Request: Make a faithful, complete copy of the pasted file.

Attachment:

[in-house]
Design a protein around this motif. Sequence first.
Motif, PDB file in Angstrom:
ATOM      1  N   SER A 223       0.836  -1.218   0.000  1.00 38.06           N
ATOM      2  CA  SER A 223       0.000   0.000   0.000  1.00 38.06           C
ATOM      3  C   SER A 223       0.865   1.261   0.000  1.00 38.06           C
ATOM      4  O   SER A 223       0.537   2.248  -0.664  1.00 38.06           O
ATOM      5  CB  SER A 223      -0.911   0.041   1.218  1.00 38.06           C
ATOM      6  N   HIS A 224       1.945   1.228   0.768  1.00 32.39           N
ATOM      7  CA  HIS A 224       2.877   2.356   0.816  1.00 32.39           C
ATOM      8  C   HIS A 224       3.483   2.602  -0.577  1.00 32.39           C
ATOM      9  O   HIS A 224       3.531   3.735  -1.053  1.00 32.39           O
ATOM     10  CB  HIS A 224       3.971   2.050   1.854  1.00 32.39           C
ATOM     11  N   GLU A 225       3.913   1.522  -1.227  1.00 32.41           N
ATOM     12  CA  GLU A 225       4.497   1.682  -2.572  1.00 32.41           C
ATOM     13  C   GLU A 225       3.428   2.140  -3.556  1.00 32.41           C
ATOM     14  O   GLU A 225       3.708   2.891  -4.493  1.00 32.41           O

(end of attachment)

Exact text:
[in-house]
Design a protein around this motif. Sequence first.
Motif, PDB file in Angstrom:
ATOM      1  N   SER A 223       0.836  -1.218   0.000  1.00 38.06           N
ATOM      2  CA  SER A 223       0.000   0.000   0.000  1.00 38.06           C
ATOM      3  C   SER A 223       0.865   1.261   0.000  1.00 38.06           C
ATOM      4  O   SER A 223       0.537   2.248  -0.664  1.00 38.06           O
ATOM      5  CB  SER A 223      -0.911   0.041   1.218  1.00 38.06           C
ATOM      6  N   HIS A 224       1.945   1.228   0.768  1.00 32.39           N
ATOM      7  CA  HIS A 224       2.877   2.356   0.816  1.00 32.39           C
ATOM      8  C   HIS A 224       3.483   2.602  -0.577  1.00 32.39           C
ATOM      9  O   HIS A 224       3.531   3.735  -1.053  1.00 32.39           O
ATOM     10  CB  HIS A 224       3.971   2.050   1.854  1.00 32.39           C
ATOM     11  N   GLU A 225       3.913   1.522  -1.227  1.00 32.41           N
ATOM     12  CA  GLU A 225       4.497   1.682  -2.572  1.00 32.41           C
ATOM     13  C   GLU A 225       3.428   2.140  -3.556  1.00 32.41           C
ATOM     14  O   GLU A 225       3.708   2.891  -4.493  1.00 32.41           O